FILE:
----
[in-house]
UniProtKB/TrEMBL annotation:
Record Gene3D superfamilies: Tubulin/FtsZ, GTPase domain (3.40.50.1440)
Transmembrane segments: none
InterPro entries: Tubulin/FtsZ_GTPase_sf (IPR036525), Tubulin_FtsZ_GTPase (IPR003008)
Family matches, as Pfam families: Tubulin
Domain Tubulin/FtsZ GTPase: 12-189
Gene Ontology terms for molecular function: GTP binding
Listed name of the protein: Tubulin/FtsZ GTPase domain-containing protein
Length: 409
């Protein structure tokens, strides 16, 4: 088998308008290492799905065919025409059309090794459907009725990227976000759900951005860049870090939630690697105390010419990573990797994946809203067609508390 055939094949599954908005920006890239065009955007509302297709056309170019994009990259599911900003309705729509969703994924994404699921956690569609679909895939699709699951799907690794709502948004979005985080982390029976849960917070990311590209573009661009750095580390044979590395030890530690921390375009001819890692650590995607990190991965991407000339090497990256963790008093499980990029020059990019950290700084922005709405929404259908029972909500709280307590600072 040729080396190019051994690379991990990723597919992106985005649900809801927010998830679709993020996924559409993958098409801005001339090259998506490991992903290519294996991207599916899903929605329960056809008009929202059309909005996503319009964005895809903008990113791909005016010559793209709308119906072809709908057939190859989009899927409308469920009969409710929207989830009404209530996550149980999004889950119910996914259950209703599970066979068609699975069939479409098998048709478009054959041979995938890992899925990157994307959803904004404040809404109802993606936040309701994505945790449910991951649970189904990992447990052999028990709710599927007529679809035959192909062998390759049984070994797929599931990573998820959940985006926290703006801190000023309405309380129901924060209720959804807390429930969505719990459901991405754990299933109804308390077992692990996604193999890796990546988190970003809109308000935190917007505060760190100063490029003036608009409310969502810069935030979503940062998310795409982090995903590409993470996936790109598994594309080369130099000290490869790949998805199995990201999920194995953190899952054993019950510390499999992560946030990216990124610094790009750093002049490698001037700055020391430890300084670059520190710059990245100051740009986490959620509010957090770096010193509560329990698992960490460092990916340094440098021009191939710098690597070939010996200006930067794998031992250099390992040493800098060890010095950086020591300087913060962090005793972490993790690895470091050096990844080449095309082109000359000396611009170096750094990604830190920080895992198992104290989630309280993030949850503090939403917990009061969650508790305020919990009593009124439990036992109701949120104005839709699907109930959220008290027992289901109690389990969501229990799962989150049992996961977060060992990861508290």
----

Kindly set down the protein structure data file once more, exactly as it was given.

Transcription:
[in-house]
UniProtKB/TrEMBL annotation:
Record Gene3D superfamilies: Tubulin/FtsZ, GTPase domain (3.40.50.1440)
Transmembrane segments: none
InterPro entries: Tubulin/FtsZ_GTPase_sf (IPR036525), Tubulin_FtsZ_GTPase (IPR003008)
Family matches, as Pfam families: Tubulin
Domain Tubulin/FtsZ GTPase: 12-189
Gene Ontology terms for molecular function: GTP binding
Listed name of the protein: Tubulin/FtsZ GTPase domain-containing protein
Length: 409
């Protein structure tokens, strides 16, 4: 088998308008290492799905065919025409059309090794459907009725990227976000759900951005860049870090939630690697105390010419990573990797994946809203067609508390 055939094949599954908005920006890239065009955007509302297709056309170019994009990259599911900003309705729509969703994924994404699921956690569609679909895939699709699951799907690794709502948004979005985080982390029976849960917070990311590209573009661009750095580390044979590395030890530690921390375009001819890692650590995607990190991965991407000339090497990256963790008093499980990029020059990019950290700084922005709405929404259908029972909500709280307590600072 040729080396190019051994690379991990990723597919992106985005649900809801927010998830679709993020996924559409993958098409801005001339090259998506490991992903290519294996991207599916899903929605329960056809008009929202059309909005996503319009964005895809903008990113791909005016010559793209709308119906072809709908057939190859989009899927409308469920009969409710929207989830009404209530996550149980999004889950119910996914259950209703599970066979068609699975069939479409098998048709478009054959041979995938890992899925990157994307959803904004404040809404109802993606936040309701994505945790449910991951649970189904990992447990052999028990709710599927007529679809035959192909062998390759049984070994797929599931990573998820959940985006926290703006801190000023309405309380129901924060209720959804807390429930969505719990459901991405754990299933109804308390077992692990996604193999890796990546988190970003809109308000935190917007505060760190100063490029003036608009409310969502810069935030979503940062998310795409982090995903590409993470996936790109598994594309080369130099000290490869790949998805199995990201999920194995953190899952054993019950510390499999992560946030990216990124610094790009750093002049490698001037700055020391430890300084670059520190710059990245100051740009986490959620509010957090770096010193509560329990698992960490460092990916340094440098021009191939710098690597070939010996200006930067794998031992250099390992040493800098060890010095950086020591300087913060962090005793972490993790690895470091050096990844080449095309082109000359000396611009170096750094990604830190920080895992198992104290989630309280993030949850503090939403917990009061969650508790305020919990009593009124439990036992109701949120104005839709699907109930959220008290027992289901109690389990969501229990799962989150049992996961977060060992990861508290």